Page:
In any event, even if the Act does not fall precisely within the historical meaning of punishment, this conclusion would not preclude a finding that the Act constitutes an unconstitutional bill of attainder. Case law makes clear that “our inquiry is not ended by the determination that the Act imposes no punishment traditionally judged to be prohibited by the Bill of Attainder Clause.” Nixon, 433 U.S. at 475, 97 S.Ct. at 2806. Were this not the case, “new burdens and deprivations might be legislatively fashioned that are inconsistent with the bill of attainder guarantee.” Id. For this reason, the category of “bills of attainder” has continued to evolve and expand. See BellSouth II, 162 F.3d at 683. We therefore proceed to apply the other criteria for legislative punishment to determine whether the Act constitutes an impermissible bill of attainder. See Selective Serv. Sys., 468 U.S. at 853-54, 104 S.Ct. at 3355-56 (“To ensure that the Legislature has not created an impermissible penalty not previously held to be within the proscription against bills of attainder, we must determine whether the challenged statute can be reasonably said to further nonpunitive goals.”).
2. The Functional Test
Under the second prong of the bill of attainder analysis, we must consider “whether the law under challenge, viewed in terms of the type and severity of burdens imposed, reasonably can be said to further nonpunitive legislative purposes.” Nixon, 433 U.S. at 475-76, 97 S.Ct. at 2806-07. “Where such legitimate legislative purposes do not appear, it is reasonable to conclude that punishment of individuals disadvantaged by the enactment was the purpose of the decisionmakers.” Id. at 476, 97 S.Ct. at 2807. Under this functional test, the nonpunitive aims must be “ sufficiently clear and convincing” before a court will uphold a disputed statute against a bill of attainder challenge. BellSouth II, 162 F.3d at 686.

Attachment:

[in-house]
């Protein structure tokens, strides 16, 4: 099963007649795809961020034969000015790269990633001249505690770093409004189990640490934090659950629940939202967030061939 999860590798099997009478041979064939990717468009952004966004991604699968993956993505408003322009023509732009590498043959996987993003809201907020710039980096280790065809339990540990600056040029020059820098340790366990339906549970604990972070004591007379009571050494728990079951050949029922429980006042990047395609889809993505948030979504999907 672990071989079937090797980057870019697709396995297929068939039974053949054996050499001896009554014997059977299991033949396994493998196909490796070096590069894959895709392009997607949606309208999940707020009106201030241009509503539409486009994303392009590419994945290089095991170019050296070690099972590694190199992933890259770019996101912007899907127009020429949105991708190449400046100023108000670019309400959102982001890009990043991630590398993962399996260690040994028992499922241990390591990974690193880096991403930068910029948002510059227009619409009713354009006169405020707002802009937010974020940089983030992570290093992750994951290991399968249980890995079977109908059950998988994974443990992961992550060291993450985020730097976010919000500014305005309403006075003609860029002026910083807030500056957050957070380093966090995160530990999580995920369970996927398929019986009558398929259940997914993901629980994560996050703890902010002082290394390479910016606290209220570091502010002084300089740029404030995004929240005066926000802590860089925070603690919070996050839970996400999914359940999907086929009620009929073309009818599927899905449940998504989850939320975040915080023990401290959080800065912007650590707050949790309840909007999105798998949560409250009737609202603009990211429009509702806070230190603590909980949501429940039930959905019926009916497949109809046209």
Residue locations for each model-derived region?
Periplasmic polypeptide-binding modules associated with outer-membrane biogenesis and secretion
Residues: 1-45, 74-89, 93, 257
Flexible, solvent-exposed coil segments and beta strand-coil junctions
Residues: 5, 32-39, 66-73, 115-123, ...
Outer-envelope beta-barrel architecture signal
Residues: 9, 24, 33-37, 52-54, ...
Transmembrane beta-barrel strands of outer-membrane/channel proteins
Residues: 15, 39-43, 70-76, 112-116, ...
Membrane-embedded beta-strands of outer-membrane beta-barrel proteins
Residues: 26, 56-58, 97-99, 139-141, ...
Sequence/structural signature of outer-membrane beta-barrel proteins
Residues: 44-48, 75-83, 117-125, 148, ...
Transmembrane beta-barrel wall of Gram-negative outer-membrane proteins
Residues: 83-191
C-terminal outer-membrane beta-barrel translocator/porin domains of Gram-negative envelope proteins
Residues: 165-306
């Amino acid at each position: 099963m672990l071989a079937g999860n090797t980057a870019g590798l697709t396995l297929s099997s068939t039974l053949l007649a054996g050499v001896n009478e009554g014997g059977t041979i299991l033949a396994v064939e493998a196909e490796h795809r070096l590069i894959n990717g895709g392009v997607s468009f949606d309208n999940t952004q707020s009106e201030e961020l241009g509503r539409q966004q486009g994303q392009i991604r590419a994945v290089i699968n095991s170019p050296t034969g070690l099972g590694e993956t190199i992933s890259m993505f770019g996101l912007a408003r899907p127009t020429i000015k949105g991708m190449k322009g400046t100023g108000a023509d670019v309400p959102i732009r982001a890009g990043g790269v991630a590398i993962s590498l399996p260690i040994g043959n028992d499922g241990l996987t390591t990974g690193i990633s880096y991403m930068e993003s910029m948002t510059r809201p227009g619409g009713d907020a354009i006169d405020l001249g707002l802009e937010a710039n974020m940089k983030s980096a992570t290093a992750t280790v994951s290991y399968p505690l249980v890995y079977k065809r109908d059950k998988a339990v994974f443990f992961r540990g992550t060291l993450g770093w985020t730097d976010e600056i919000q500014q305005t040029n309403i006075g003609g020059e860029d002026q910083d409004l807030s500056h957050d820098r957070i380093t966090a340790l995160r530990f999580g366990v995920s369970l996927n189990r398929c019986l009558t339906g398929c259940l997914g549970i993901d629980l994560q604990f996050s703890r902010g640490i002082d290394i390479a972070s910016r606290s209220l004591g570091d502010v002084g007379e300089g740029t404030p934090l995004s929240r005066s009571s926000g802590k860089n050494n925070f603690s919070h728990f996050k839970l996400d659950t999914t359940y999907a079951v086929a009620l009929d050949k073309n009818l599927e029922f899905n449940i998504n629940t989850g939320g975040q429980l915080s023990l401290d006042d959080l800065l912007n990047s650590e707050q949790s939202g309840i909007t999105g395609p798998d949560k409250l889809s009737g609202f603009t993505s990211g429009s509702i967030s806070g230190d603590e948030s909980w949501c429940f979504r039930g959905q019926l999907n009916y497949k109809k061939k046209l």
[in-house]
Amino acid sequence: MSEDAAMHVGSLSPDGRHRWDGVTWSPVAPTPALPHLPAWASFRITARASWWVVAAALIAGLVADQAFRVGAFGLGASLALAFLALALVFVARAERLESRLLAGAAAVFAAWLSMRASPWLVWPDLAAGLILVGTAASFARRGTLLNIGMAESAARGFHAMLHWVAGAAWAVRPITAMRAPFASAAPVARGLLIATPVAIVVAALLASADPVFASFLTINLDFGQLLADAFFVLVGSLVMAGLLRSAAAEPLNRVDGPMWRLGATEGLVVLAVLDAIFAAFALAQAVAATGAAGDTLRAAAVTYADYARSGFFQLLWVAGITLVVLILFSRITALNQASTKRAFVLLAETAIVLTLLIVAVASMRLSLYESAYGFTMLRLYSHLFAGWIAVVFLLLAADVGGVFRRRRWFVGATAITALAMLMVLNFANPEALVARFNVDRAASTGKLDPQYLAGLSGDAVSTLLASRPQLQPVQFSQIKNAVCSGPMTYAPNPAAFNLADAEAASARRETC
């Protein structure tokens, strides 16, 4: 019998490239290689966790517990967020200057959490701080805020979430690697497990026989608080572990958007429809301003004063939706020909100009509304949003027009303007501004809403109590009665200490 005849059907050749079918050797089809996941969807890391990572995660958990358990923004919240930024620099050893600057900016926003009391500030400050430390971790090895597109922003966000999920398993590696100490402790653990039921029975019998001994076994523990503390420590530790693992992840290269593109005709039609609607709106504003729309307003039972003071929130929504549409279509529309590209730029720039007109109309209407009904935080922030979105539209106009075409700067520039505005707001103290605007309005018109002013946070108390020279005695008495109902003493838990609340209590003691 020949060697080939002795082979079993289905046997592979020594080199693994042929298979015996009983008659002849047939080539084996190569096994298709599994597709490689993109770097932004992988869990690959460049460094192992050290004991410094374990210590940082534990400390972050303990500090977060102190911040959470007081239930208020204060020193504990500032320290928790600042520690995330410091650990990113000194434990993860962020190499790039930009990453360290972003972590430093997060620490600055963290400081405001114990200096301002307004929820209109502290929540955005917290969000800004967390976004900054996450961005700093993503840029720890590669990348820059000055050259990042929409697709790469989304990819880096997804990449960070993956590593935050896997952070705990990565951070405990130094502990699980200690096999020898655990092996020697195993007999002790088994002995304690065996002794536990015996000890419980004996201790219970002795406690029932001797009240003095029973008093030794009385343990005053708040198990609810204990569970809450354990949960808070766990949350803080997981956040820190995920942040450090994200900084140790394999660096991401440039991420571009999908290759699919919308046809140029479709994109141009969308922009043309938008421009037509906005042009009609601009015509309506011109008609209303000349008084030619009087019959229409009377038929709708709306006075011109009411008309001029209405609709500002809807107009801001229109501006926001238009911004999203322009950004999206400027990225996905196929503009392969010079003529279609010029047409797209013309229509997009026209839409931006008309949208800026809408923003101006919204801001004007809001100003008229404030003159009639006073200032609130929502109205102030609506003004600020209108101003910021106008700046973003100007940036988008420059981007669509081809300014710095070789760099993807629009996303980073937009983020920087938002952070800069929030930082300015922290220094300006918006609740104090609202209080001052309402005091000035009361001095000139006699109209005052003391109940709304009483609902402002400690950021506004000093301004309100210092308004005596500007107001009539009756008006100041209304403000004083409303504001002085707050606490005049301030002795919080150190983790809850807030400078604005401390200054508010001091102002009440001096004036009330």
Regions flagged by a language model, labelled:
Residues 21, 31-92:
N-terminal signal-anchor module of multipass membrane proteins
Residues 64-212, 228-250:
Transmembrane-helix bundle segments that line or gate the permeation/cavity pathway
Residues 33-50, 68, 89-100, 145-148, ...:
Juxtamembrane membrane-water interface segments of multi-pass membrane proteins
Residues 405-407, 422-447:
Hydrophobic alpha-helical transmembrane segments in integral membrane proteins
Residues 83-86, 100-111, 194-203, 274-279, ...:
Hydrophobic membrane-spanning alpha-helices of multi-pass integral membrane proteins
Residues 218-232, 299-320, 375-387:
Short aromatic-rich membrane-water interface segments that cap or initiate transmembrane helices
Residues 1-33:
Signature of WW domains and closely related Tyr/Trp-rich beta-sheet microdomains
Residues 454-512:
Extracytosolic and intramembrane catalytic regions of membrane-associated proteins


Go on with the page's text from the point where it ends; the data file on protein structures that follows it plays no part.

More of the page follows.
Courts have conducted this inquiry by examining both the purported ends of contested legislation and the means employed to achieve those ends. In Nixon, the Supreme Court rejected a bill of attainder challenge to an act directing the Administrator of General Services to take custody of the presidential papers and tape recordings of former President Nixon. 433 U.S. at 429, 97 S.Ct. at 2783. The Court found the objectives of the act, which included the need to preserve information necessary to the completion of Watergate-related prosecutions and the desire to safeguard documents of historical significance, to be “legitimate justifications” for its passage, id. at 476, 97 S.Ct. at 2807, that did not “support[ ] an implication of a legislative policy designed to inflict punishment on an individual.” Id. at 478, 97 S.Ct. at 2808. In addition, the Court noted aspects of the statute designed to protect the rights of the burdened party. Id. at 477, 97 S.Ct. at 2807. The Court therefore found the act to be a “fair exercise of Congress' responsibility.” Id.